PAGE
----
Just 54% of organisations said they have a dedicated internal comms department, and this is also shown by the fact that internal comms is a relatively new career, with most people working in it for fewer than 10 years. Shopping channel QVC is one of those companies with a dedicated IC manager, Gene Cleckley. He oversees the 'QVC Difference' programme and is involved with everything about the company's culture and vision that touches staff. Included under this umbrella is the recently launched QVC intranet, employee magazine In the Loop, the QVC Forum and employee council set up to encourage communication between management and team members. He believes partnership is what matters.
"Because of many cross-over goals and objectives, IC often falls naturally within HR as its role is to help build and maintain the company culture and drive employee engagement," he says. "But I think it is most effective when the function partners with HR, marketing and PR to communicate corporate messages. It's also vital to develop relationships with the CEO to be seen to add value to colleagues throughout the business." He adds: "Whichever way a company chooses to integrate IC, there must be at least one dedicated company specialist. This individual needs to fully understand all of the internal issues associated with that particular organisation and should boast strong influencing skills so that they can become part of the decision-making process at the very start."
Co-operation is clearly the main concern, but when even the largest companies such as BT - normally an HR exemplar - don't do this, it is always possible? Its last big internal comms projects was not at all HR-centric, but was instead led by the marketing team. To educate call-centre staff about its new BT Support Squad service to deal with customers' 'IT gremlins', (as recently featured in TV adverts with Dragons' Den regular Peter Jones), it was the marketing team who was responsible for devising a project with agency Playgroup. Aspects included staff arriving for work to find their desks cordoned and taped off, akin to a crime scene, to convey the message that their computer had been attacked by IT gremlins. Staff had to learn the brand messages and pass a test before they could go back to work.
Karian says what the research shows is that HR needs to step up to the plate. "The overall picture is that while communicators - whoever they are - feel valued in their role, the level of interaction and understanding between communicators and leadership may not be enough to ensure that they are both on the same page when it comes to aligning business priorities with the right messages." Maybe it is time to see where IC fits in your organisation.
WHO TAKES INTERNAL COMMS SERIOUSLY?
In July the British Association of Communicators in Business (CiB) polled 179 businesses to find out how seriously internal communications was taken. It found that only 11% of respondents said there was someone responsible for IC at board-level, despite 67% of respondents saying IC was 'fairly' or 'very' important.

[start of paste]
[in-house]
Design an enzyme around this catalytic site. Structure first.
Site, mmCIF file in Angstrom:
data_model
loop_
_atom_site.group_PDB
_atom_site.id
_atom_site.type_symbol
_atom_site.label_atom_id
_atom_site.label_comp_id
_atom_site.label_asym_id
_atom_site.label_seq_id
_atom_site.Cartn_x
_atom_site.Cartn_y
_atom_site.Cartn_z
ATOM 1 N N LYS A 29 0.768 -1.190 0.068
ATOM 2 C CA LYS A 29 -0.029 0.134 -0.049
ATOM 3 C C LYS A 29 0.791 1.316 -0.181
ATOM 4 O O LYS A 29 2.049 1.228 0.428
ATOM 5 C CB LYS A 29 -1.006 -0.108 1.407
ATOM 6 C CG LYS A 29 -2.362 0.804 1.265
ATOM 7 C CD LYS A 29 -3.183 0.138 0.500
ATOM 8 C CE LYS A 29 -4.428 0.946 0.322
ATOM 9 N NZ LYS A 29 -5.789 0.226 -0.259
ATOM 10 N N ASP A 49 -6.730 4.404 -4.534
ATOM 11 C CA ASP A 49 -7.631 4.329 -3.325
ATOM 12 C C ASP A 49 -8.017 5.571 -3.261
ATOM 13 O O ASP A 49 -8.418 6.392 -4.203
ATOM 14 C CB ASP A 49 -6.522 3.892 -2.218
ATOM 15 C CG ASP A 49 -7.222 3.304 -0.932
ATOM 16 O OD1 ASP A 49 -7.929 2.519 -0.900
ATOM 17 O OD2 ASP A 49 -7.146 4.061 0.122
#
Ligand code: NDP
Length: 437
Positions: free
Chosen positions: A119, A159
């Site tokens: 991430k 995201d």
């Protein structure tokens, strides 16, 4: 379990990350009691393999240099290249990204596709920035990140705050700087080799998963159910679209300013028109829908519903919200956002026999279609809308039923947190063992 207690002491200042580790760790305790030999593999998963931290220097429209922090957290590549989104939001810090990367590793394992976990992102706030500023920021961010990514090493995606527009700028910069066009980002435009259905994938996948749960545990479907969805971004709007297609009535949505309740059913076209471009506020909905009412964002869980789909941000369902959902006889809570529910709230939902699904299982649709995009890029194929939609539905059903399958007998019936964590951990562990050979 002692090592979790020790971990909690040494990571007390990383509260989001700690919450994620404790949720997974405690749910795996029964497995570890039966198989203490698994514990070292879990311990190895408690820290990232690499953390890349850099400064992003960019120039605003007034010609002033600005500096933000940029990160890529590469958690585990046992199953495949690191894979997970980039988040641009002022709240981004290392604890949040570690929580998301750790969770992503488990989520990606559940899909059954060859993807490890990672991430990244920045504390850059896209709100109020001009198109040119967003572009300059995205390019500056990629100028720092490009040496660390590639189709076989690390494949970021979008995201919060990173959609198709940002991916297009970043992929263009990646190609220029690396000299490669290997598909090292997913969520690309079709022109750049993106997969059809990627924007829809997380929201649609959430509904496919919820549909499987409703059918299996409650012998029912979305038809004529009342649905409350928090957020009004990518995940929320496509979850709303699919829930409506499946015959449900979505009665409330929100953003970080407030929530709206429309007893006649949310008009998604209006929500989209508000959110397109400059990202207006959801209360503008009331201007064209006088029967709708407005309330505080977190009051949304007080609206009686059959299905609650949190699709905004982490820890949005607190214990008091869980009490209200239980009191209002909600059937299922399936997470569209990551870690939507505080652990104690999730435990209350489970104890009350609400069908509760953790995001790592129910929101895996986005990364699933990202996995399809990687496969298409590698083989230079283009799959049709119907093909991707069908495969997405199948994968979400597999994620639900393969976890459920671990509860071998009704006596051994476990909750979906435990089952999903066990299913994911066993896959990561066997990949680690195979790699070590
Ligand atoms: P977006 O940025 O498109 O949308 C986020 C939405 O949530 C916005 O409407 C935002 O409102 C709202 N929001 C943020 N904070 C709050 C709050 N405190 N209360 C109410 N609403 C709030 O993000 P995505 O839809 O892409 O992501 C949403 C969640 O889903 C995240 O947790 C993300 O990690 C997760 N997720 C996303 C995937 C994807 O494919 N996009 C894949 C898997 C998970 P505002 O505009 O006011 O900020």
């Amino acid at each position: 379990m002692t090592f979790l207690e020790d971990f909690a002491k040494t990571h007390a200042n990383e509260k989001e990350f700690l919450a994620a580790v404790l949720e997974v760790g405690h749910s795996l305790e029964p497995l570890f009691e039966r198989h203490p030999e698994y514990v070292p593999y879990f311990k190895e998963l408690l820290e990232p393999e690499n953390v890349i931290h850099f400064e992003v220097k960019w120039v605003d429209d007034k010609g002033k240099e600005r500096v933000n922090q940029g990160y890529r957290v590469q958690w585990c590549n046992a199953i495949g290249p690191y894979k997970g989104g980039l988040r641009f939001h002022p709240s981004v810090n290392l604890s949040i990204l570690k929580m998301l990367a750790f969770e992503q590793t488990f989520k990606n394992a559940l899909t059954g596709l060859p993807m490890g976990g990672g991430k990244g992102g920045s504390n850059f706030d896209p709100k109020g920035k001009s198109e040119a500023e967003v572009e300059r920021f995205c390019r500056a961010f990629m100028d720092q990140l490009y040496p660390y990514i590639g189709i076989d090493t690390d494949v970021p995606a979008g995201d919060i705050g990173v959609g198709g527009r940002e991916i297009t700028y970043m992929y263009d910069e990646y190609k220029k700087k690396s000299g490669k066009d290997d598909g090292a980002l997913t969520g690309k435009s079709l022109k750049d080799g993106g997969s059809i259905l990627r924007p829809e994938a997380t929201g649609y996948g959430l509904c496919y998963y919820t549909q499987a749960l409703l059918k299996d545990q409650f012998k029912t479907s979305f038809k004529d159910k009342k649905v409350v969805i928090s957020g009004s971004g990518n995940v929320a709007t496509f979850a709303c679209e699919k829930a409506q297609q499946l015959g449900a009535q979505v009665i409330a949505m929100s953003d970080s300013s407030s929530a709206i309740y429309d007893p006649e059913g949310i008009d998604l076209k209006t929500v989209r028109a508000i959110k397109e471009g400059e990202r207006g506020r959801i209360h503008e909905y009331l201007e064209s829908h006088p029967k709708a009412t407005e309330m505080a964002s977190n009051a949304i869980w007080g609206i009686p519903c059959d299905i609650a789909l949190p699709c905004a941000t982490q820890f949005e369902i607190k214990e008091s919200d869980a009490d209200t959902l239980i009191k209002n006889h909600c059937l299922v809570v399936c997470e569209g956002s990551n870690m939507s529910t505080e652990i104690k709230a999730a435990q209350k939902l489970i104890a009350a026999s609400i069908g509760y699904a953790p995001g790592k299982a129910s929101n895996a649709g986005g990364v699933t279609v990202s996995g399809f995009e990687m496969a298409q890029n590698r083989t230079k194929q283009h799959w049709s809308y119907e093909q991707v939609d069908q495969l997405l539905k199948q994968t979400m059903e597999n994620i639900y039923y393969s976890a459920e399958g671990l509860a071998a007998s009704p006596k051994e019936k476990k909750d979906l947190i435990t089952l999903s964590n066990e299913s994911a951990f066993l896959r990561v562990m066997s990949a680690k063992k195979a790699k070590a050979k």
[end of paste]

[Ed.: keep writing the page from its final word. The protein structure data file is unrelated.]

The study followed encouraging CiB research in March 2008, which found that 50% of businesses claimed that spend on IC was going to be higher this year than last year, with just 34% saying it would stay the same.
Who owns IC though? The debate is still as hotly contested as ever. The five main skills internal communicators ought to have (according to CiB) are:
An understanding of the business: 74%
Writing and editing: 54%
Strategic thinking: 48%
Face-to-face communication: 40%
The cost of failing to communicate
It has never been more important to bring internal comms into the mainstream. On 6 April 2008, the final phase of the Information and Consultation of Employee Regulations (2004) came into force. It requires all businesses with more than 50 employees to keep their staff in the picture about what is happening internally, including providing information about the company's economic situation, changes in job and departmental responsibilities and possible redundancies and/or restructuring. Complaints about failing to establish acceptable communications procedures can be brought to the Central Arbitration Committee, and organisations that are found not to be complying with the regulations can find themselves faced with a fine up to a maximum of £75,000.
Inchcape When co-operation pays
Inchcape, the car retailer with 14,500 employees worldwide, wanted to improve levels of customer service by launching its 'Customer 1st' initiative in 2008. The company, which originally started life in the 1800s as a Calcutta trading company, wanted to take people through the organisation's history. Inchcape felt this was the best way to motivate and inspire its workforce. In its favour was the fact that Scotland's famous Bell Lighthouse, built in 1811 by Robert Stephenson, was actually constructed on Inchcape Rock - named after the founder of the company. The story of its construction was recently featured in the BBC's Seven Wonders of the Industrial World series. Working with agency Line Up, a 12-minute video and presentation featuring group CEO Andre Lacroix (pictured above) was shown to staff. Inchcape's managing director, Duncan Beale, said he opted for the "third way - working with both the HR and communications director at Inchcape" for this internal communications exercise. He explains: "Creativity was probably led by the corporate comms team, but HR took the lead more when it came to content. Comms people tended to be better at wrapping the message into a cogent and relevant dialogue, while HR was slightly better in terms of articulating intellectual issues." The roll-out of the videos is still going on, and all new recruits are shown it.